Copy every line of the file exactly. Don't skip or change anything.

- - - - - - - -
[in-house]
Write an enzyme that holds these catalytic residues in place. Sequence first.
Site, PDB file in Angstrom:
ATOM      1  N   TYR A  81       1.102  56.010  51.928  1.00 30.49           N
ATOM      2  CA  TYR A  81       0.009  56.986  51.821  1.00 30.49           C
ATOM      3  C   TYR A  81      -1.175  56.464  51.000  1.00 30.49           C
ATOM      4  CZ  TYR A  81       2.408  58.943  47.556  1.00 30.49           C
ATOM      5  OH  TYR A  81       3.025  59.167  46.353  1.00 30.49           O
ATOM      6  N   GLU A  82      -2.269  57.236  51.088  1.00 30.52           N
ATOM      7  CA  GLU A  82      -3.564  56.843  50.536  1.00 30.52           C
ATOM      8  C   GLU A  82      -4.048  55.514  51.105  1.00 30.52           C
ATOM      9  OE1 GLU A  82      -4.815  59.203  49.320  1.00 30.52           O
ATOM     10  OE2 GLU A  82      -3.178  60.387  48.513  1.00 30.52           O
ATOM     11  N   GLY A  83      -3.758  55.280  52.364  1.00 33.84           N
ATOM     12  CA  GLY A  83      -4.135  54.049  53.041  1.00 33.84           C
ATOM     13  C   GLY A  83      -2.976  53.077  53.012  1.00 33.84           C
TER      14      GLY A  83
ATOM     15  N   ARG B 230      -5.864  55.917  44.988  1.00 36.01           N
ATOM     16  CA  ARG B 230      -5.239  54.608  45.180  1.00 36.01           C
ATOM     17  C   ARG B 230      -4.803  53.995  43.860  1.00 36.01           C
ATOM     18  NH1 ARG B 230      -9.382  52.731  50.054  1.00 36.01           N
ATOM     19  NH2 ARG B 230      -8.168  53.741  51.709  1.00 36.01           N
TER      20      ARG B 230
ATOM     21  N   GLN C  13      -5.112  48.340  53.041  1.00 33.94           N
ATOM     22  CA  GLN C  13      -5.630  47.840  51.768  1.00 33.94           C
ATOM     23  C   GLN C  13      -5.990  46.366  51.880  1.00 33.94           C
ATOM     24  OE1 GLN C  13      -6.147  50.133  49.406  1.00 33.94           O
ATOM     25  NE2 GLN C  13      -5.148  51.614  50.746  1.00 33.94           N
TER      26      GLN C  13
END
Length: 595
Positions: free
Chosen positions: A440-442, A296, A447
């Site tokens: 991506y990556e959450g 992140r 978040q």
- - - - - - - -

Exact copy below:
[in-house]
Write an enzyme that holds these catalytic residues in place. Sequence first.
Site, PDB file in Angstrom:
ATOM      1  N   TYR A  81       1.102  56.010  51.928  1.00 30.49           N
ATOM      2  CA  TYR A  81       0.009  56.986  51.821  1.00 30.49           C
ATOM      3  C   TYR A  81      -1.175  56.464  51.000  1.00 30.49           C
ATOM      4  CZ  TYR A  81       2.408  58.943  47.556  1.00 30.49           C
ATOM      5  OH  TYR A  81       3.025  59.167  46.353  1.00 30.49           O
ATOM      6  N   GLU A  82      -2.269  57.236  51.088  1.00 30.52           N
ATOM      7  CA  GLU A  82      -3.564  56.843  50.536  1.00 30.52           C
ATOM      8  C   GLU A  82      -4.048  55.514  51.105  1.00 30.52           C
ATOM      9  OE1 GLU A  82      -4.815  59.203  49.320  1.00 30.52           O
ATOM     10  OE2 GLU A  82      -3.178  60.387  48.513  1.00 30.52           O
ATOM     11  N   GLY A  83      -3.758  55.280  52.364  1.00 33.84           N
ATOM     12  CA  GLY A  83      -4.135  54.049  53.041  1.00 33.84           C
ATOM     13  C   GLY A  83      -2.976  53.077  53.012  1.00 33.84           C
TER      14      GLY A  83
ATOM     15  N   ARG B 230      -5.864  55.917  44.988  1.00 36.01           N
ATOM     16  CA  ARG B 230      -5.239  54.608  45.180  1.00 36.01           C
ATOM     17  C   ARG B 230      -4.803  53.995  43.860  1.00 36.01           C
ATOM     18  NH1 ARG B 230      -9.382  52.731  50.054  1.00 36.01           N
ATOM     19  NH2 ARG B 230      -8.168  53.741  51.709  1.00 36.01           N
TER      20      ARG B 230
ATOM     21  N   GLN C  13      -5.112  48.340  53.041  1.00 33.94           N
ATOM     22  CA  GLN C  13      -5.630  47.840  51.768  1.00 33.94           C
ATOM     23  C   GLN C  13      -5.990  46.366  51.880  1.00 33.94           C
ATOM     24  OE1 GLN C  13      -6.147  50.133  49.406  1.00 33.94           O
ATOM     25  NE2 GLN C  13      -5.148  51.614  50.746  1.00 33.94           N
TER      26      GLN C  13
END
Length: 595
Positions: free
Chosen positions: A440-442, A296, A447
């Site tokens: 991506y990556e959450g 992140r 978040q």